The short lifetime of digital technologies means that generational identities are difficult to establish around any particular technologies let alone around more far-reaching socio-technological ‘revolutions’. Examining the consumption and use of digital technologies throughout the stages of human development, this book provides a valuable overview of ICT usage and generational differences. It focuses on the fields of home, family and consumption as key arenas where these processes are being enacted, sometimes strengthening old distinctions, sometimes creating new ones, always embodying an inherent restlessness that affects all aspects and all stages of life.

Combining a collection of international perspectives from a range of fields, including social gerontology, social policy, sociology, anthropology and gender studies, Digital Technologies and Generational Identity weaves empirical evidence with theoretical insights on the role of digital technologies across the life course. It takes a unique post-Mannheimian standpoint, arguing that each life stage can be defined by attitudes towards, and experiences of, digital technologies as these act as markers of generational differences and identity.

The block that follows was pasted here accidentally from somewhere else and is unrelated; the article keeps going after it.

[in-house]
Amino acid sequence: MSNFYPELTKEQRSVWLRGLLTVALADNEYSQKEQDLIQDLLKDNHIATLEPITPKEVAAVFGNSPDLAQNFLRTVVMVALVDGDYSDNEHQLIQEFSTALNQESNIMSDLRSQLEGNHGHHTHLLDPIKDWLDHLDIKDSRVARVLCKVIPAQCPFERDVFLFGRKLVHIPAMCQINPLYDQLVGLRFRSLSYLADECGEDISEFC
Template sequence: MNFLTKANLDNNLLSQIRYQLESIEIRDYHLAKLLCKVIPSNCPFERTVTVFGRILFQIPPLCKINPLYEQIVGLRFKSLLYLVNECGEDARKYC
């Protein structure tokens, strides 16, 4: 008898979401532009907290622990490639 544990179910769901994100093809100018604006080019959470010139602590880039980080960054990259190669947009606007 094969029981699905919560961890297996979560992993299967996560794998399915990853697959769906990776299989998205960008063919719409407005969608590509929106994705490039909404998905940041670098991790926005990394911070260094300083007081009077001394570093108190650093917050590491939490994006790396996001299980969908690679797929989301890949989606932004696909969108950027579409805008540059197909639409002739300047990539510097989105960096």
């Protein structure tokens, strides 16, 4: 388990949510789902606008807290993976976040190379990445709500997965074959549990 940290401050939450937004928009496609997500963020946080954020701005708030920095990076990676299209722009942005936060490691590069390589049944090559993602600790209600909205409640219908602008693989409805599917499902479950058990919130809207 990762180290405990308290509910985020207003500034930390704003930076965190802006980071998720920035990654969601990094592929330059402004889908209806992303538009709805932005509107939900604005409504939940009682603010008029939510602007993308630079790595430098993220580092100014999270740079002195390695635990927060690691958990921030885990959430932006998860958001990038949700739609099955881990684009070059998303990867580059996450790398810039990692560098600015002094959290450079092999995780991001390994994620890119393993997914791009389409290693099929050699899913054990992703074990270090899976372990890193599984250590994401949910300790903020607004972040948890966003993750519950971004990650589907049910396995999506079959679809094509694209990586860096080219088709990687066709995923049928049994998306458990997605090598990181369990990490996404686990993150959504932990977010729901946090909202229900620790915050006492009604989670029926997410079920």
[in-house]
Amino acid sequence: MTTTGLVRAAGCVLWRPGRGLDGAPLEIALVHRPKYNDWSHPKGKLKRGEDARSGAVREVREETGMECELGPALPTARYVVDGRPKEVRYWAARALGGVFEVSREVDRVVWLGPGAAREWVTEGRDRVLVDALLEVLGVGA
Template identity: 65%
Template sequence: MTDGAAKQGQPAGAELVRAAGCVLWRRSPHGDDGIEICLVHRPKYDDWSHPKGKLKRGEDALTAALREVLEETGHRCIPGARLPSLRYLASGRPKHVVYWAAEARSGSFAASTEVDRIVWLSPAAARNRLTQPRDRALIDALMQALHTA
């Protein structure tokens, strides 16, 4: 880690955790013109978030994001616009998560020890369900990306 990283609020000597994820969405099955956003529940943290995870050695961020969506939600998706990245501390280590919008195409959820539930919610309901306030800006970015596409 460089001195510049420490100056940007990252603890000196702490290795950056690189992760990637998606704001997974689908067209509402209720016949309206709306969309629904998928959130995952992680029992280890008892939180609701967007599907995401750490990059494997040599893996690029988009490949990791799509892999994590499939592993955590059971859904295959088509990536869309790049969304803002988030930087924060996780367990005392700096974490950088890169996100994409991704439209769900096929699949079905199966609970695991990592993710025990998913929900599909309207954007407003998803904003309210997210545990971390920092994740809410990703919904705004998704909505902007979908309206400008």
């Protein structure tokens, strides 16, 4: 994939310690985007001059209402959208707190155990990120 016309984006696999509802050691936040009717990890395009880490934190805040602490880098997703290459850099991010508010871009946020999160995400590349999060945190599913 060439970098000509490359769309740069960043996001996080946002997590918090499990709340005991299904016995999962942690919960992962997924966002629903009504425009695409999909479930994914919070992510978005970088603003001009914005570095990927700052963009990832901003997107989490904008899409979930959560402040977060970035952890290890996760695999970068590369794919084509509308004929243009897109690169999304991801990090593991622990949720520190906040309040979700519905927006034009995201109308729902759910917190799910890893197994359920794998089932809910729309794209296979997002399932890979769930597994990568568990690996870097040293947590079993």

It will be of particular value to academics of social policy and sociology with interests in the life course and human development as well as those studying media and communication, youth and childhood studies, and gerontology.

part I|43 pages

Historical, theoretical and methodological perspectives

part II|94 pages

Family generations and ICT

chapter 5|14 pages

Mobile life of middle-aged employees

Fragmented time and softer schedules

chapter 6|18 pages

Intergenerational solidarity and ICT usage

Empirical insights from Finnish and Slovenian families

chapter 7|15 pages

Gendering the mobile phone

A life course approach

part III|75 pages

Consumption, lifestyles and markets

chapter 11|18 pages

Necessities to all?

The role of ICTs in the everyday life of the middle-aged and elderly between 1999 and 2014

chapter 12|16 pages

A risk to privacy or a need for security?

Digital domestic technologies in the lives of young adults and late middle-agers

chapter 13|18 pages

Personality traits and computer use in midlife

Leisure activities and work characteristics as mediators

chapter 15|5 pages